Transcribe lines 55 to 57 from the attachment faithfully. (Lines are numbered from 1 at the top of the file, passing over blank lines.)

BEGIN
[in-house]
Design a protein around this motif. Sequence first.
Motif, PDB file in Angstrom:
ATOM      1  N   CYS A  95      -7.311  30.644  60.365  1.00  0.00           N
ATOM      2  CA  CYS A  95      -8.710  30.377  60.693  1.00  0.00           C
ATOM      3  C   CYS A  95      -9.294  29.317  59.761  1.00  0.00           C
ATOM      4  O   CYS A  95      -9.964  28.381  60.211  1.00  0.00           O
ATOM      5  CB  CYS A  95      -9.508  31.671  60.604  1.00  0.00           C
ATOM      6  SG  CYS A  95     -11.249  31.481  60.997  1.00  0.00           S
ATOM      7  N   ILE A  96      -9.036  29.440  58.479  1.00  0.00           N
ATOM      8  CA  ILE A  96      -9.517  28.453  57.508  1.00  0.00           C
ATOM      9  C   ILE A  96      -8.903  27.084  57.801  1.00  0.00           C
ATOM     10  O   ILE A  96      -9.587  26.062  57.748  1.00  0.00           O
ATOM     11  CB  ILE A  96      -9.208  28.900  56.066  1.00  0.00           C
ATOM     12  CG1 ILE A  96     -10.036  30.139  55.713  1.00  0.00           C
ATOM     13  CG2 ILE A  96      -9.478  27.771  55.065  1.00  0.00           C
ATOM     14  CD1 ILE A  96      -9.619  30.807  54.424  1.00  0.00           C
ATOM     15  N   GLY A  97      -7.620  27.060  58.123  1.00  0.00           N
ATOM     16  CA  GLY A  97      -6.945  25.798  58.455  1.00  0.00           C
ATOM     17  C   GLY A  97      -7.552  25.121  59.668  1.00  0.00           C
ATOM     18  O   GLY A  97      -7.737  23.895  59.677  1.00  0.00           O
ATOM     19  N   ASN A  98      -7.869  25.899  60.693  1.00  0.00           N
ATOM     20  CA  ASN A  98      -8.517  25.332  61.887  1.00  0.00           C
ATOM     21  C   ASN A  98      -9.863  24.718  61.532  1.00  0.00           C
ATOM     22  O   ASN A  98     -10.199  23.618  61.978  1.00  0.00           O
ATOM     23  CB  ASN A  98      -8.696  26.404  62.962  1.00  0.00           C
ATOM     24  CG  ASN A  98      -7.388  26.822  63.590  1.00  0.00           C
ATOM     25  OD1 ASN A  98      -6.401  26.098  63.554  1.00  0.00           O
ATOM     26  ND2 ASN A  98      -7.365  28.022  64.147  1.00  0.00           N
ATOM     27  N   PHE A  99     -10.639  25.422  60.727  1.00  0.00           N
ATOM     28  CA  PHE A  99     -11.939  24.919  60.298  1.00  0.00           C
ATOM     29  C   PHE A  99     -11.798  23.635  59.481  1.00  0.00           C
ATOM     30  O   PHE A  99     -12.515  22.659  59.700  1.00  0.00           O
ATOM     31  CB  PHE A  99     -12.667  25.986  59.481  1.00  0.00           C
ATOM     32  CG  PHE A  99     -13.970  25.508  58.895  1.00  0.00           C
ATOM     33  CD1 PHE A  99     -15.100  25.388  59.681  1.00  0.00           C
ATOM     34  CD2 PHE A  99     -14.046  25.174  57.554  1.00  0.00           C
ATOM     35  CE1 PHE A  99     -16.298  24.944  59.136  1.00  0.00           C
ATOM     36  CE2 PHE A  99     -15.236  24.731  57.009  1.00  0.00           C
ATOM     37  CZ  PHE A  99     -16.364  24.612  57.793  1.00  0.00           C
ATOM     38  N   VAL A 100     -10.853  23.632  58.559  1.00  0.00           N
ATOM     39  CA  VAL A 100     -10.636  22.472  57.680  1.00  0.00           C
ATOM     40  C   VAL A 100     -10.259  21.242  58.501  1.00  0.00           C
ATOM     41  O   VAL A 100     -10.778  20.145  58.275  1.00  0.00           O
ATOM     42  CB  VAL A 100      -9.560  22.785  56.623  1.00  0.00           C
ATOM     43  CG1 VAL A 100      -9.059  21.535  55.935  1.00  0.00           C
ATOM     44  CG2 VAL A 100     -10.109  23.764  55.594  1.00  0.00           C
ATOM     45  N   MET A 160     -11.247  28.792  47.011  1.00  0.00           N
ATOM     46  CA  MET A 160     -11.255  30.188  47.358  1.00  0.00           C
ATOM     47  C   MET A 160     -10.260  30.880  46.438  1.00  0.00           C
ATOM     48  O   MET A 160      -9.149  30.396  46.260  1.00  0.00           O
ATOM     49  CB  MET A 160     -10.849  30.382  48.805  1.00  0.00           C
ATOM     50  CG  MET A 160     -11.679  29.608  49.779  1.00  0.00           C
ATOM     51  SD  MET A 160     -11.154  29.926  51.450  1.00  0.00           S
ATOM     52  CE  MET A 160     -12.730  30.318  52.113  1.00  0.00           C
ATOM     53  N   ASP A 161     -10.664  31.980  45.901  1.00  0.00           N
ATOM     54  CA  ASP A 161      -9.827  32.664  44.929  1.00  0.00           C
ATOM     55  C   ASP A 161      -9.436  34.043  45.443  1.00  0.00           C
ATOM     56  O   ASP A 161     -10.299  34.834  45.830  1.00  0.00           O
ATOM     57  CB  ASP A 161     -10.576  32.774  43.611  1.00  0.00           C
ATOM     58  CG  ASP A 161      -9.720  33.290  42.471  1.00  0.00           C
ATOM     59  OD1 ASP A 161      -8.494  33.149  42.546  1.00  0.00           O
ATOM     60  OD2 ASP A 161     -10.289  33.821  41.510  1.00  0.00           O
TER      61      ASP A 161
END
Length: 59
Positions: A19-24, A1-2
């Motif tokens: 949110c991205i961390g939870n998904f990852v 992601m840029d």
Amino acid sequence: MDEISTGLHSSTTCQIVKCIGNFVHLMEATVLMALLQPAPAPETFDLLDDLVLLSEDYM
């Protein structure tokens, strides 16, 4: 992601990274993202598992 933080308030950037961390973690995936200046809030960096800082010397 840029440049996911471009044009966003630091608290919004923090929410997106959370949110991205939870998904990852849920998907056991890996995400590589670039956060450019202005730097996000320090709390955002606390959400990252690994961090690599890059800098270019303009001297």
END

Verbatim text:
ATOM     52  CE  MET A 160     -12.730  30.318  52.113  1.00  0.00           C
ATOM     53  N   ASP A 161     -10.664  31.980  45.901  1.00  0.00           N
ATOM     54  CA  ASP A 161      -9.827  32.664  44.929  1.00  0.00           C